However, it has been noted that physical abuse is not the only form of abuse that can cause critical negative consequences for the child. Other forms include neglect, which refers to failure of a caregiver or parent to provide basic needs to the child. Physical neglect implies failure to give required shelter, food, clothing, or even lack of proper supervision. Medical neglect is the failure to give necessary mental or medical health treatment. Educational neglect is failure to attend to a child’s special education needs or failure to offer education to a child. On the other hand, emotional neglect is lack of attending to the child’s emotional needs or lack of providing psychological care such as love (Newton and Gerrits, 2011). Although some forms of neglect have to do with cultural factors influence, the welfare of the child in all aspects is essential. Practices of sexual abuse such as penetration, rape, sodomy, incest exposure, fondling of a child’s genitals and exploitation may form part of physical abuse. Other forms of abuse that affect the child are substance abuse, abandonment and emotional or psychological abuse that make the child feel rejected and threatened in family and society at large. These are also dangerous to the child.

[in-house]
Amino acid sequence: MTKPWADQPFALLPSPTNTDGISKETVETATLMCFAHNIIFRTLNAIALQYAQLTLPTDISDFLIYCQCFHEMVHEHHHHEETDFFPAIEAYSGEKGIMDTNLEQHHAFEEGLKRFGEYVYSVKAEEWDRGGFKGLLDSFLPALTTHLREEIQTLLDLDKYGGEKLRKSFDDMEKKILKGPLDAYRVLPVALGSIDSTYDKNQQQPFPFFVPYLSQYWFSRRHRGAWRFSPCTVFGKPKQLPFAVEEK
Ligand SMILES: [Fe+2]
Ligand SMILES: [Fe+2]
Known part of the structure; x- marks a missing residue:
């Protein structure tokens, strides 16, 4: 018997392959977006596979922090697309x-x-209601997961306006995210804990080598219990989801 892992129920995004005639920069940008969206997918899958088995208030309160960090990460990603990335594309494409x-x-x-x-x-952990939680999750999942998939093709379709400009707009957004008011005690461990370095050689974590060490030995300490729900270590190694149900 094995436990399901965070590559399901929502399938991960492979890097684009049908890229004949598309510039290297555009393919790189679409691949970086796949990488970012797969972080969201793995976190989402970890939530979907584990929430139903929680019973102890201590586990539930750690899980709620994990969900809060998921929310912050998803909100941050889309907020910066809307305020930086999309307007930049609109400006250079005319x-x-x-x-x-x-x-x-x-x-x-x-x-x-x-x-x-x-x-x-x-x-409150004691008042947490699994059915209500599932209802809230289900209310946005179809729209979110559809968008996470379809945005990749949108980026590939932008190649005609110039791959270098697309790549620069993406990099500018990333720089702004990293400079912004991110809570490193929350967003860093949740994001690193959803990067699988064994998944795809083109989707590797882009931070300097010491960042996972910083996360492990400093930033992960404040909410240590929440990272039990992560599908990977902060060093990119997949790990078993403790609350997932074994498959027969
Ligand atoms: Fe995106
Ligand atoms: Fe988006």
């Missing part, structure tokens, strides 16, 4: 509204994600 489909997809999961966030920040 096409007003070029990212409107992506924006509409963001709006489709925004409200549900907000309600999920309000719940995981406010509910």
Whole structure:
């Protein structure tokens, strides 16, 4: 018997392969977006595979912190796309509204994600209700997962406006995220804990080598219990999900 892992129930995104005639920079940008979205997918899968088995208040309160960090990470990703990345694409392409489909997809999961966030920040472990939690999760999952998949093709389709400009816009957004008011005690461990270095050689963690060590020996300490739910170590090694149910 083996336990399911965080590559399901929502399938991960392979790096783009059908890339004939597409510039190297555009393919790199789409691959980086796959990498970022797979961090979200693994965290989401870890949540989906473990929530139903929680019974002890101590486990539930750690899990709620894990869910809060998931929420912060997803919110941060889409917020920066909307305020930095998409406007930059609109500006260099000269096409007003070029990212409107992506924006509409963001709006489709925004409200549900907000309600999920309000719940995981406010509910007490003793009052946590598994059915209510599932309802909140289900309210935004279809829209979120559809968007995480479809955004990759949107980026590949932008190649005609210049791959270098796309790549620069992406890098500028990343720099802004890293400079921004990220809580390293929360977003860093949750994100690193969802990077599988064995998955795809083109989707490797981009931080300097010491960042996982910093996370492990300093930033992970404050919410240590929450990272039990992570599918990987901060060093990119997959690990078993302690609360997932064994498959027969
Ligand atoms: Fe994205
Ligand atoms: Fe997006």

It has been proven that physical abuse is not the only dangerous form of abuse for a child. Verbal abuse is common among children and has a lot of negative implication for the child’s present and future lives. Children depend on their caregivers, parents, or those who care for them or love them to tell them who they are. The developing self-esteem of a child is based on the beliefs and expectations of his or her parents. Children who are exposed to verbal abuse from their parents or guardians are susceptible to lowered confidence and poor self image within themselves. The more the persistence and earlier the verbal abuse, the higher the likelihood of impairing the child’s development academically, socially, and psychologically (Evans, 2010). Whether children are helped to establish a compassionate observer who helps them in handling frustrations, is highly a consequence of parental modeling and messaging. Verbal abuse significantly contributes to the development of an internal critic who incriminates a child during times of stress and frustration.